Round up the usual suspects. Starting with you

In the movie classic Casablanca, a cynical/corrupt Vichy French police captain stages a mock investigation of a crime. He orders his men to “round up the usual suspects” and life goes on. Fast forward from a 1940s Hollywood movie lot to the real world (sort of) of Washington, D.C. with the White House about to be under new management.

Experts that predicted there was no way billionaire Donald Trump could win the White House have now changed clothes and, and tactics, and are bombarding the federal family with tales of horrors to come. Whether their legislative predictions will turn out to be better than their electoral college estimates remains to be seen. But there is clearly about to be a new sheriff in town.

So the question for federal workers and maybe especially federal retirees is what’s going to happen next? Will President Trump pursue a lineup composed of the usual suspects (freeze hiring, curb pay, overhaul the pension plan) or will more pressing matters save them — again — from the knife? Like it has before under both Democratic and Republican presidents.

What impact will the Trump administration have on feds? Read the latest in our First 100 Days section.

Will the next two, four, possibly eight years be more of the same-old assaults on the “good life” in the civil service, or will something major — as in bad — happen. Maybe lots of somethings.

Most of the attention as to what the next President might do to active and retired feds focuses on things like changes in the pension plan (eliminating the defined benefit of FERS), hiring freezes and the like. Which agencies might (or might not) be crippled or eliminated. Stuff that is raw meat in politics.

But a more serious concern (because it is more likely to happen) is what if the new President and Congress concentrate on getting some old (at the time pie-in-the-sky) ideas enacted into law. One change popular with key GOP members of Congress would change the way cost-of-living adjustments are computed for federal and postal retirees, retired military personnel and the huge number of Americans who get Social Security benefits. Cost-of-living adjustments (COLAs) for retirees are now based on one of the Consumer Price Indexes that measures living costs in urban areas. A simple, but massive change, if Congress approves it would base future COLAs on the so-called Chained CPI.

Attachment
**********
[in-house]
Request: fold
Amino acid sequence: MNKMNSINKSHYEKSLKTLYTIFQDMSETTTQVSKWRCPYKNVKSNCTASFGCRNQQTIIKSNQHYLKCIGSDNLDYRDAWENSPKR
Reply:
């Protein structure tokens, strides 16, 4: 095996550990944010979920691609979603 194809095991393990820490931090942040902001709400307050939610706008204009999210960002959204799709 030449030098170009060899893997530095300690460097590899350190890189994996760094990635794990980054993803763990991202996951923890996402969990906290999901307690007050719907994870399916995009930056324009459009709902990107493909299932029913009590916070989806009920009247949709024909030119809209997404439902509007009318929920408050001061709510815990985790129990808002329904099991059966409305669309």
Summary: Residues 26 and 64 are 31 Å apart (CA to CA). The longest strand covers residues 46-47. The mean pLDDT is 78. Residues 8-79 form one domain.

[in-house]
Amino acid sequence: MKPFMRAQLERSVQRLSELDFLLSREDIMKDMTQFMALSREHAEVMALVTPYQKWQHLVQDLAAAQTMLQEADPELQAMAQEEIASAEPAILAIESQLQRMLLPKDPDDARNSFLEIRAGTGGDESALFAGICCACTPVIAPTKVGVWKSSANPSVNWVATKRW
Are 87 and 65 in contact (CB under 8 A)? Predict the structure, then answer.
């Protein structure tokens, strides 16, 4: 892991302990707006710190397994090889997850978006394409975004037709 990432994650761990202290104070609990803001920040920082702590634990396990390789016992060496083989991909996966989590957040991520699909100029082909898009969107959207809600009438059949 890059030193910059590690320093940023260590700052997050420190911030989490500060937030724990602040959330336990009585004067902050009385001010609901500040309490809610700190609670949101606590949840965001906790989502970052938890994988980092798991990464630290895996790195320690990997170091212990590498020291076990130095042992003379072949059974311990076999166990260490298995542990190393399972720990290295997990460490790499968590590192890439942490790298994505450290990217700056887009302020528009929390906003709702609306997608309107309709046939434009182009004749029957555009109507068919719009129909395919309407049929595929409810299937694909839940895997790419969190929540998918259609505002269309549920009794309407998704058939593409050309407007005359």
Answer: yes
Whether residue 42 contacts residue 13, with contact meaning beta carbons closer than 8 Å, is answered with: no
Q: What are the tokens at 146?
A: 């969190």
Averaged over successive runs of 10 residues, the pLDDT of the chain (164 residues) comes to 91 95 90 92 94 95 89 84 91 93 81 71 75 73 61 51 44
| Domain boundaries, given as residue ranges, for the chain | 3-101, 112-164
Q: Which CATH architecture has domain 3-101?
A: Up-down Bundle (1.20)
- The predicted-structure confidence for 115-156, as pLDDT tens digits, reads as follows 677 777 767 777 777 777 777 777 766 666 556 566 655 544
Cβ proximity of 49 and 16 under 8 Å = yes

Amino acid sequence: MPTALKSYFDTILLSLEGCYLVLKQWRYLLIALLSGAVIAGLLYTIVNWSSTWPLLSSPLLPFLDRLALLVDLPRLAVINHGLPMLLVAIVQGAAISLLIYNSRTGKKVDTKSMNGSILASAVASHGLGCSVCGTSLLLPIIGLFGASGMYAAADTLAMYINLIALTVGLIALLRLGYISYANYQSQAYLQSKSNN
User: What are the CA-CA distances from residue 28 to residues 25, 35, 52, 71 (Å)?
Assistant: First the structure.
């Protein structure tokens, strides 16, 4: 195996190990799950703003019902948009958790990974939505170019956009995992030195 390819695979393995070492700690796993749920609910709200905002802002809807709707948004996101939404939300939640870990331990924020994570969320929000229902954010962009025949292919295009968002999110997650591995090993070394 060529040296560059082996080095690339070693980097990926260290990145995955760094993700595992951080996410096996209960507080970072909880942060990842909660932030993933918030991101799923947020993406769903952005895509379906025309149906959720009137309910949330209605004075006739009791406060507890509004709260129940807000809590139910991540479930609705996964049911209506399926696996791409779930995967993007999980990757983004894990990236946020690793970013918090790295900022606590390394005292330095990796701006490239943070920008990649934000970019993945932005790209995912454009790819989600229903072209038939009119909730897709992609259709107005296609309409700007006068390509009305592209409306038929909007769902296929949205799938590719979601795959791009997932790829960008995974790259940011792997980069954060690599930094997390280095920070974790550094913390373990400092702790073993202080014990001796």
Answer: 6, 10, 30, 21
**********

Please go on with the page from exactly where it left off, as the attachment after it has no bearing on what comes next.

Switching from the CPI-W to the chained CPI formula would reduce each future COLA for retirees by $35,000. If it were in use now, there might not have been a January 2017 COLA. Instead, the retirees will get O.4 percent, the smallest on record.

Backers of the chained CPI — including the Obama administration — say that in addition to saving millions of dollars in coming years, it is realistic because when certain things — like steak — go up in price, people switch to less-expensive chicken. Opponents, like the National Active and Retired Federal Employees, say it’s an unrealistic, unfair measure which would quickly reduce retirees to eating cat food instead of steak or chicken. While it hasn’t been a legislative threat for several years it should be on everyone’s radar of possible things-to-come. NARFE legislative director Jessica Klement said that if it became the new yardstick, the average CSRS retiree could lose up to $55,700 over 25 years in reduced benefits.

Going to the chained CPI might well be unrealistic and unfair. But changing downward the way COLAs (for every retiree in the country) are calculated could save billions of dollars down the road. Much more than other, complex proposals to “reform” and revamp the civil service. Congress would have to approve any such change and Congress normally doesn’t like to mess with Social Security in any way, shape or form. But limiting it to federal retirees might be politically popular. For a look at what the Chained CPI would mean to you, click here.

Nearly Useless Factoid

By Michael O’Connell

An elephant can spend up to 12-18 hours a day feeding.

Source: National Elephant Center